The partisan nature of the legislative branch's reaction to a president’s policy proposal is also helpful. When Congress takes sides, the president is able to see how strong his own party’s support for the policy might be, and how strong the out-party’s opposition is. That’s going to help the president make far better informed guesses about some crucial questions that the Pentagon and State Department can’t help him with. How long will the political system tolerate troop deployments? How many casualties will it take to turn people—and then their elected representatives—against (or further against) military action?
Public questioning of executive-branch officials (oddly enough, something that can’t really happen within the executive branch) can also generate answers that illuminate flaws in their reasoning, or even specifics about a situation which they were not eager to volunteer. A classic example was General Eric Shinseki’s public testimony about the need for a large occupying force in post-invasion Iraq—a clear signal to George W. Bush about what the military was really thinking, albeit one that Bush apparently totally ignored.
All of this information gathering is contingent on a president seeking it, as opposed to simply attempting to impose his personal policy preferences and trusting his own sense that they will succeed. And this more informed decision making comes with a risk: that at the end of the day, the political process will defeat the president's original preference or modify it significantly.
The engine to all of this is basic political self-interest. Politicians presumably will be very good at sniffing out what plays with their various constituencies (and so, too, will the leaders and employees of organized groups); perhaps even more important, they’ll be very good at seeing potential future danger spots. It doesn’t depend on them being issue specialists, or even knowing where Syria is on a map. It just depends on these politicians being good at finding and using information that helps them in their careers. Which, presumably, is the one skill that almost all high-level politicians share.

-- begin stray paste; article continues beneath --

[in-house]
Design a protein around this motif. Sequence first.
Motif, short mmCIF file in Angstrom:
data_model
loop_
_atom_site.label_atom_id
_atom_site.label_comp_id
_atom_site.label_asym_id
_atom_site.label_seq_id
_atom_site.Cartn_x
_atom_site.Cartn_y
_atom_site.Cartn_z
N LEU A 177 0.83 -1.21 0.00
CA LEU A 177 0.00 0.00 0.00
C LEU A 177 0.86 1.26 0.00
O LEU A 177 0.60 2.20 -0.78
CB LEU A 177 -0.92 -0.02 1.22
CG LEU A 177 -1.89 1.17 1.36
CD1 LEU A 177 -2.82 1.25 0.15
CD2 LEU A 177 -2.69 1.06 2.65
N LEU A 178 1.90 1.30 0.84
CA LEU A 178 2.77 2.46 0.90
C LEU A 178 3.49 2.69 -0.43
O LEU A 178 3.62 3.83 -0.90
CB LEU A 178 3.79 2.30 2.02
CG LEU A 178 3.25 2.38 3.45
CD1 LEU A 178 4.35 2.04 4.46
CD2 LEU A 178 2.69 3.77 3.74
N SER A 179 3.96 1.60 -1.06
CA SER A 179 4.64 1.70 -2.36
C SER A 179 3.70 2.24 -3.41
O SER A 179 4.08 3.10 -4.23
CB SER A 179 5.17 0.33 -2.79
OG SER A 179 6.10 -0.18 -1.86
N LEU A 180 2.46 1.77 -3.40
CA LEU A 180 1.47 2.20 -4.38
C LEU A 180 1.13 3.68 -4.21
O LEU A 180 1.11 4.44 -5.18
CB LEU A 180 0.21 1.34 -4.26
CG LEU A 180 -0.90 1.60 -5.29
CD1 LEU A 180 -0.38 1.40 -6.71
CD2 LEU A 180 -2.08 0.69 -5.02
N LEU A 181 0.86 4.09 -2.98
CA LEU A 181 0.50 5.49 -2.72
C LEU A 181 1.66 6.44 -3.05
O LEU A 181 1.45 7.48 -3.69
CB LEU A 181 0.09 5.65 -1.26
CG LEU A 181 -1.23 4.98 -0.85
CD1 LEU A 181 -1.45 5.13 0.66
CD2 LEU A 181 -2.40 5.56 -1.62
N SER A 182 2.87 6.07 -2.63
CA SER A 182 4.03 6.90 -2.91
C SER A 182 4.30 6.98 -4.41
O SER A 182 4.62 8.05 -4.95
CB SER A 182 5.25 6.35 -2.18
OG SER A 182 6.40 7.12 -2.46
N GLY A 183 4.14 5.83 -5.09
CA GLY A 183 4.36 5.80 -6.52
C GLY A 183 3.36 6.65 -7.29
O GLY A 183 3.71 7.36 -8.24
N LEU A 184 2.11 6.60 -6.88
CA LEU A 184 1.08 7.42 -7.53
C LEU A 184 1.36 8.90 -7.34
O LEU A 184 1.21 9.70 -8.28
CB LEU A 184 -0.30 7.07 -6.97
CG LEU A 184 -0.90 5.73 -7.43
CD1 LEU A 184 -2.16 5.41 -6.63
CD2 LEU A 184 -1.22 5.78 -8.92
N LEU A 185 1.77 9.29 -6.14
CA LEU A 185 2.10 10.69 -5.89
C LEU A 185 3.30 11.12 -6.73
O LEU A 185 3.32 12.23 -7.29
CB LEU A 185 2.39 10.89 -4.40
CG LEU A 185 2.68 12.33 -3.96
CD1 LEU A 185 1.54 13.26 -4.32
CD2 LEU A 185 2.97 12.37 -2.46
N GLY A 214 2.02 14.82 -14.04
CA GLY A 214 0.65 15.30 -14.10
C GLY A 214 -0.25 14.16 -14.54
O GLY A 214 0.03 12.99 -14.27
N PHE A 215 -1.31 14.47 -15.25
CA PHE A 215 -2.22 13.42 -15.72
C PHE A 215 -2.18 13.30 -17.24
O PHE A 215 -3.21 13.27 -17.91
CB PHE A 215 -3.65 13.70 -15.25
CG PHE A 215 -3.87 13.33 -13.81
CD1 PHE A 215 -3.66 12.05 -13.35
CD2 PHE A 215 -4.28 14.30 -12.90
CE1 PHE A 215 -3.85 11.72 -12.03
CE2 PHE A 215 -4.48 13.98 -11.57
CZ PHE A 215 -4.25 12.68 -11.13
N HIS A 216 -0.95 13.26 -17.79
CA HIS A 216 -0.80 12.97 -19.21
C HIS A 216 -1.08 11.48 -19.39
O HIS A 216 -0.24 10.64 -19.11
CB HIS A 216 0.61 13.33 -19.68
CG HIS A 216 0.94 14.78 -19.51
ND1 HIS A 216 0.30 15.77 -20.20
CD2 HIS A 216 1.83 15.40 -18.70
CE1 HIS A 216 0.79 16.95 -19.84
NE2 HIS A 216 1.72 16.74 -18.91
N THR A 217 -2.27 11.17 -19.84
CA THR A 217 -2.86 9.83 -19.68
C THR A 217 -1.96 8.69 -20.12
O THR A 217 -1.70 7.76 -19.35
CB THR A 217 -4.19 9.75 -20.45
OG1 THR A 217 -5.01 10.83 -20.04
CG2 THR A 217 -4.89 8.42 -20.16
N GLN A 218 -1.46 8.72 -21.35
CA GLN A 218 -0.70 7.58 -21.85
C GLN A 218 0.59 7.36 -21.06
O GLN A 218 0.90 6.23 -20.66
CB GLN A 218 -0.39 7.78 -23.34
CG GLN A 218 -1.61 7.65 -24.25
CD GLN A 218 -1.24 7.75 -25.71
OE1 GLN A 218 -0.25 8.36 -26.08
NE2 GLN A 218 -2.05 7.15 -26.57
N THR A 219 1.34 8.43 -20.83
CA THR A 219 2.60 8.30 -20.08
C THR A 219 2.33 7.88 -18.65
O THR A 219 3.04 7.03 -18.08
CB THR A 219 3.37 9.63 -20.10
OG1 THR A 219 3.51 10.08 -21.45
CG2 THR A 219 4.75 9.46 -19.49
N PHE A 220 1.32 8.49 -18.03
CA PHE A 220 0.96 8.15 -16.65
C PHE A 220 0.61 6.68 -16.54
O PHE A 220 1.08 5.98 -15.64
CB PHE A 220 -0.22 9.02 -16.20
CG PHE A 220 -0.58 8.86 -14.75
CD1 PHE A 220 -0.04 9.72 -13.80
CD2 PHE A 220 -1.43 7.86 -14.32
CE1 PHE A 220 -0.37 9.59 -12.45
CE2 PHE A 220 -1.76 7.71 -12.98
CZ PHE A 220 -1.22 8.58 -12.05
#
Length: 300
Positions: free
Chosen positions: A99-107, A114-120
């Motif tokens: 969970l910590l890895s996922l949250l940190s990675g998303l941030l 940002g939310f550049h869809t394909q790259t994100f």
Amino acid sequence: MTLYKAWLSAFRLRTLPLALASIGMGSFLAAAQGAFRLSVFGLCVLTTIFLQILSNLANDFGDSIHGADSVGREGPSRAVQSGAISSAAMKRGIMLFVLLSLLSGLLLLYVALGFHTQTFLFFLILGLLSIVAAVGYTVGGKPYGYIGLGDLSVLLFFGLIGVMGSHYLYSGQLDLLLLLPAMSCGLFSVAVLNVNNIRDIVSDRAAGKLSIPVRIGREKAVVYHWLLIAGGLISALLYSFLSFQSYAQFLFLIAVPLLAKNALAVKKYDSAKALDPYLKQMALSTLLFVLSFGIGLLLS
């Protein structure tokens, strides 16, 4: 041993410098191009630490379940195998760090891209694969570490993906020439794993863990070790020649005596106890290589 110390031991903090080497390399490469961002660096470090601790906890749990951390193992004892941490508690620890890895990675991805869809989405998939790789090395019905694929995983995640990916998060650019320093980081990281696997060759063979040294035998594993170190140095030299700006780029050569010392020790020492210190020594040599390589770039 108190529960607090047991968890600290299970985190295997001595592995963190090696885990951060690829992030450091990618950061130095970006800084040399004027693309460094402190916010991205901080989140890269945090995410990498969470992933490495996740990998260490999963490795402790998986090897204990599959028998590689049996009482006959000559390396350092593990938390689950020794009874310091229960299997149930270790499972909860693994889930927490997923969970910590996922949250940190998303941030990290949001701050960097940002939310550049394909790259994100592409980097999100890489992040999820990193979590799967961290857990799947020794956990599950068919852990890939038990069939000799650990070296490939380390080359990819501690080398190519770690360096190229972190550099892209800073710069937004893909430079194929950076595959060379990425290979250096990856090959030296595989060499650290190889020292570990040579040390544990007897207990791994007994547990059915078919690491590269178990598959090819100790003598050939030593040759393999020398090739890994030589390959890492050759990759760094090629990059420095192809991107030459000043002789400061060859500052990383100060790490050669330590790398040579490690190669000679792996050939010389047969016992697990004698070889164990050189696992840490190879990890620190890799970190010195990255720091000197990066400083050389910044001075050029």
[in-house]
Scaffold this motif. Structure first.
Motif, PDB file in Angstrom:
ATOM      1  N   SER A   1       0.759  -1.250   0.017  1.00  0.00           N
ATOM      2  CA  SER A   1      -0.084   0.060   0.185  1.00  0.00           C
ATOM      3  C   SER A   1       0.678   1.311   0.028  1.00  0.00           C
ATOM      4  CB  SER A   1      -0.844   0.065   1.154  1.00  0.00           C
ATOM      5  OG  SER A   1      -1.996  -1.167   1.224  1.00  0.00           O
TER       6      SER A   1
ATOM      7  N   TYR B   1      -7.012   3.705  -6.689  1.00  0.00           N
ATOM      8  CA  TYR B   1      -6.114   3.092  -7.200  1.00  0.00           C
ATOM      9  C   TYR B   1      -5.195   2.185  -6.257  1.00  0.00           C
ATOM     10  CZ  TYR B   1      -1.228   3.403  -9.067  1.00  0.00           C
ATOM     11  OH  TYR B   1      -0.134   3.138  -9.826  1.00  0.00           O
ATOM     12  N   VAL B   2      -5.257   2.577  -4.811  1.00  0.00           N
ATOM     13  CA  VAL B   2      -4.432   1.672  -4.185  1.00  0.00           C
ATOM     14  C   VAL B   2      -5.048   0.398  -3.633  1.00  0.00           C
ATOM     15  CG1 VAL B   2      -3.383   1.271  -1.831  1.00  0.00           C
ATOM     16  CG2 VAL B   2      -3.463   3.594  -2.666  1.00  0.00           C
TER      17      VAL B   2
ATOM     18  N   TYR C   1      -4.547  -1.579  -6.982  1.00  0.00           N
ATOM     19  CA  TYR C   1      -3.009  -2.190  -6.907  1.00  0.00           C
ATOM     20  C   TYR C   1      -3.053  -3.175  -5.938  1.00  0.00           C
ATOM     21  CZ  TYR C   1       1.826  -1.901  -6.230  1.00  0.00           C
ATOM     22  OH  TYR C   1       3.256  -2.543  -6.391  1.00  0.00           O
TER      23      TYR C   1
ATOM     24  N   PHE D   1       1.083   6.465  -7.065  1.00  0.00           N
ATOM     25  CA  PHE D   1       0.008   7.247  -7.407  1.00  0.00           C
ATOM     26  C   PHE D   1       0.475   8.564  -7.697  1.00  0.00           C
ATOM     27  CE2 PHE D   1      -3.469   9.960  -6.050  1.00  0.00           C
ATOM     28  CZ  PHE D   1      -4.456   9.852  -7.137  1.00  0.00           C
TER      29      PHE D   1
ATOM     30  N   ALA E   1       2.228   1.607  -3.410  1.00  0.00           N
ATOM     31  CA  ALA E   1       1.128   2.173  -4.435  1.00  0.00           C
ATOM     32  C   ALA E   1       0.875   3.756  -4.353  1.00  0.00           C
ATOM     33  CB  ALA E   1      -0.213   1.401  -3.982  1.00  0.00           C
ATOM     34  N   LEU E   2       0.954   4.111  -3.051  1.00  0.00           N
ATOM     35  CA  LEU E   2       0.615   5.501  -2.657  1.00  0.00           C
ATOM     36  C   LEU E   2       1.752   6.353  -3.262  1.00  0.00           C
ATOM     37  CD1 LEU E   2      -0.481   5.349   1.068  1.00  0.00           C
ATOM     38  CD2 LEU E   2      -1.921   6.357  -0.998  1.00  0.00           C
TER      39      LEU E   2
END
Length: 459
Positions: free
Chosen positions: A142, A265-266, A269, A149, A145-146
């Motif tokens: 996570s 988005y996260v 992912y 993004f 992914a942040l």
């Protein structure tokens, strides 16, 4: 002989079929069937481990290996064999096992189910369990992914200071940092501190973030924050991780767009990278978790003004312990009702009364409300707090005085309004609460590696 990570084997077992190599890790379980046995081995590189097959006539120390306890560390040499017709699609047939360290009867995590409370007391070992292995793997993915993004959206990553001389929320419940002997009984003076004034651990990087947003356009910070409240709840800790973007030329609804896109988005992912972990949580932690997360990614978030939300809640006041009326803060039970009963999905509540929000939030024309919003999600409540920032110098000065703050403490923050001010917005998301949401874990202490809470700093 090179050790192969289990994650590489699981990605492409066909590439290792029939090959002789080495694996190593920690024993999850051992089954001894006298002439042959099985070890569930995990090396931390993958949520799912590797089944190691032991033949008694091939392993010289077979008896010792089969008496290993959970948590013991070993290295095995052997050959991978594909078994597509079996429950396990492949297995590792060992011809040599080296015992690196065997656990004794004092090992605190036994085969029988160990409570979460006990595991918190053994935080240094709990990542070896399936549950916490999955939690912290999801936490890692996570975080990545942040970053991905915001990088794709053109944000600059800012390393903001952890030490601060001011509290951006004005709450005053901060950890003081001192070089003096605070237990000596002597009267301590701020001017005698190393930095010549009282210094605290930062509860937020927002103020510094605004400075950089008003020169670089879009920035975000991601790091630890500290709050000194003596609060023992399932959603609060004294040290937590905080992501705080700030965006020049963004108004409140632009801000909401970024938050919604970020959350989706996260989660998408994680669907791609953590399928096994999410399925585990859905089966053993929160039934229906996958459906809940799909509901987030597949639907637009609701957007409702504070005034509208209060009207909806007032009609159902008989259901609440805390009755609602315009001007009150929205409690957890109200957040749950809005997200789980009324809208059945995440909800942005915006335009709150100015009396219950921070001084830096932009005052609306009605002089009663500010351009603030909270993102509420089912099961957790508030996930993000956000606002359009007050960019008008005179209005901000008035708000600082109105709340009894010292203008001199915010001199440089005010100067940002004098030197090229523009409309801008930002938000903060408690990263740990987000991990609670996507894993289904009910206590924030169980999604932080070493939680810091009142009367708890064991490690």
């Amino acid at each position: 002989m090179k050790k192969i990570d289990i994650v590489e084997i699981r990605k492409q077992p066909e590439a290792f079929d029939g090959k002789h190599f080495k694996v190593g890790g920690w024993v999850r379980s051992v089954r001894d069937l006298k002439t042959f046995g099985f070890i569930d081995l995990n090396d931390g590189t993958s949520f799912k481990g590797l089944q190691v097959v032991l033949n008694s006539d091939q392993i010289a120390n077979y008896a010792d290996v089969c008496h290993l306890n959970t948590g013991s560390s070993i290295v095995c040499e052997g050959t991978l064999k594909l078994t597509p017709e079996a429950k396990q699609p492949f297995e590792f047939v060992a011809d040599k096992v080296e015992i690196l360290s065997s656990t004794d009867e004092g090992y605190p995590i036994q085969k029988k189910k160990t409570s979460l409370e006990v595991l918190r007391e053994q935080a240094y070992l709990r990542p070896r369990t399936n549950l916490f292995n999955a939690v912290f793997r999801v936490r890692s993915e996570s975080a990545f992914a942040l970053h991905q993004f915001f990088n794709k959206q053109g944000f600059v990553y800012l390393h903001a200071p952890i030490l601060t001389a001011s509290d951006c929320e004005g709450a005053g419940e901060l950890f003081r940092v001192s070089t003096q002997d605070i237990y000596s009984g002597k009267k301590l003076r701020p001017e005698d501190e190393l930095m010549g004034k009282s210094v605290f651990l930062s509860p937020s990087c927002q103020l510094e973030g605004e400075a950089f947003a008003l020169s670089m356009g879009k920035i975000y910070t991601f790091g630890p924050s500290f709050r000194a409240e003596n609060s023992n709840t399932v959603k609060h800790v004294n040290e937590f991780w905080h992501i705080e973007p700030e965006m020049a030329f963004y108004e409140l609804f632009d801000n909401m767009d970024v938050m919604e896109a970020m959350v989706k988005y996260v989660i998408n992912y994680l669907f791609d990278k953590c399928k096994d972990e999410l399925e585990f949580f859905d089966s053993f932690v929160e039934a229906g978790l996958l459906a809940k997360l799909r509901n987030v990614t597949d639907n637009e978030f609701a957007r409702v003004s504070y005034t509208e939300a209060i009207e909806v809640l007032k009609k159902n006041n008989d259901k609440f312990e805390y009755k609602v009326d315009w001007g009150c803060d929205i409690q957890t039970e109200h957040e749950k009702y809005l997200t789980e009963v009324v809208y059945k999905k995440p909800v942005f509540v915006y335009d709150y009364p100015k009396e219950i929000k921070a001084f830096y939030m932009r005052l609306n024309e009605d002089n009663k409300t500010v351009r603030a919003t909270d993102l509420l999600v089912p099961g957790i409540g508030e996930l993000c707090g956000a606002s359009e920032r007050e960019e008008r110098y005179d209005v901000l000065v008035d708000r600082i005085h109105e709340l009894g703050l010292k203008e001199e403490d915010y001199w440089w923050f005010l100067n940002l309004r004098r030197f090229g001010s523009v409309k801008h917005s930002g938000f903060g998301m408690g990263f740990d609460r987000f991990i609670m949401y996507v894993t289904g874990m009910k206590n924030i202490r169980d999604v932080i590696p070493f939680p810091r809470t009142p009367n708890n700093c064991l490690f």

That includes the president. Another way of putting this, as political scientist Richard Neustadt did, is that presidents may often be best at finding viable public policy when they seek only to help themselves politically.
Presidents put themselves at risk when they listen only to experts, because it’s difficult for presidents to know when those experts are wrong. Even when the experts are credentialed. Even when the experts are seemingly “neutral” and work only for the government. Even when they are the very experts the president himself chose in the first place.
Even experts have self-interest, and even experts can be subject to groupthink or to other biases. Indeed, a government of bureaucrats has no shortage of expertise, but it’s a particular form of expertise, subject to its own set of biases.
The particular strength of democracies in forming public policy is that they take input from a wide variety of people who see the effects of the policy up close; the particular strength of the United States’s flavor of Madisonian democracy for policy formation is that, at its best, it is particularly good at bringing an especially diverse set of groups into that discussion, with all the different experiences and information sources that those groups can offer. Policy debates that are restricted to just the president and the executive branch fail to take advantage of those strengths, especially when much of the debate is conducted in secret. Getting these debates out of the White House and into Congress is exactly what a smart politician in the White House will do.